You will find no discussion of these matter in the message
to which you are responding.
I was discussing the possibility that there might be
propositions which are necessary but not analytic.
In relation to these, it is so transparent from
my conceptions of these words (and that of other prominent
philosophers) that there can be none, and it follows
trivially either that:
1. Kripke is using one or other of these terms
differently to myself.
2. Kripke has made an error in his reasoning.
I am inclined to think that it is the former, but
that in either case I am equally averse to Kripke's
I am in fact no better inclined to Kripke's view
on the a priori, but it is more plain there that his
usage is widely at variance with my preferred usage,
so we disagree more conspicuously on usage.
However, I believe that Kripke's usage is also
at variance with that of the philosophers which
he imagines himself to be refuting (e.g. the
Logical Positivists) and that any supposed refutation
of Logical Positivism flowing from his discussions
of the a priori arises by equivocation (or misunderding).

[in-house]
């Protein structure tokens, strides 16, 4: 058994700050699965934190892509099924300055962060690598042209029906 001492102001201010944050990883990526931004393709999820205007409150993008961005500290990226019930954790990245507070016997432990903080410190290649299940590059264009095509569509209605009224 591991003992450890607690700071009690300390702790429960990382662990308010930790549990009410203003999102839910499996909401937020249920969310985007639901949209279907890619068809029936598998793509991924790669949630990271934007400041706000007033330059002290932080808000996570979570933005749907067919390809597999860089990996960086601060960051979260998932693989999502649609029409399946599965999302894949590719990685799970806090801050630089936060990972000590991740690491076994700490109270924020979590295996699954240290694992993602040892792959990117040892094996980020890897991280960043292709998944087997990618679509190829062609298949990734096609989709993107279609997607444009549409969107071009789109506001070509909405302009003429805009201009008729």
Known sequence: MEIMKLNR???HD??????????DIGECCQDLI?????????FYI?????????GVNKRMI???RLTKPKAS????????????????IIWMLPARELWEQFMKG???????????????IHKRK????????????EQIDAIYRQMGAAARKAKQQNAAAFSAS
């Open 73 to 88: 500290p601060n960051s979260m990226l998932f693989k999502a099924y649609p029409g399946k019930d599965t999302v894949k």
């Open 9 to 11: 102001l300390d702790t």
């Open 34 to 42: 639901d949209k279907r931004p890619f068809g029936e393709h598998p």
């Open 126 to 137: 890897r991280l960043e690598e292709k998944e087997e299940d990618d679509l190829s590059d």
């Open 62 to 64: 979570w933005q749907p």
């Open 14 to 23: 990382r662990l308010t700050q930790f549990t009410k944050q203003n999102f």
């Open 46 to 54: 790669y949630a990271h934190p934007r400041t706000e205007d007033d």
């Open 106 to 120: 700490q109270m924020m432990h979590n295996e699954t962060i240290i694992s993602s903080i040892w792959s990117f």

>As for the former, Kripke never said, “an
>identity between rigid designators must be necessary.” What he did say
>was that a statement containing rigid designators would, if true, be
Well actually that's what I meant, and omission of "true"
is surely acceptable in this context?
However, since you raise it, don't the designators have
to be "strongly rigid"?
>The formula “(x)(y)(x = y à N(x = y)” is
>a theorem of quantified standard first-order
>modal logic, and its proof in no way depends on a doctrine of rigid
>quantification.* (You can verify this by looking at any standard text
>on modal logic, e.g. the one by Hughes and Cresswell.) The relevance
>of the modal theorem to your thesis can be illustrated by standard
Not unless you first establish that the modal logic
is a good model for the modal aspects of the language
You would surely not offer me material implication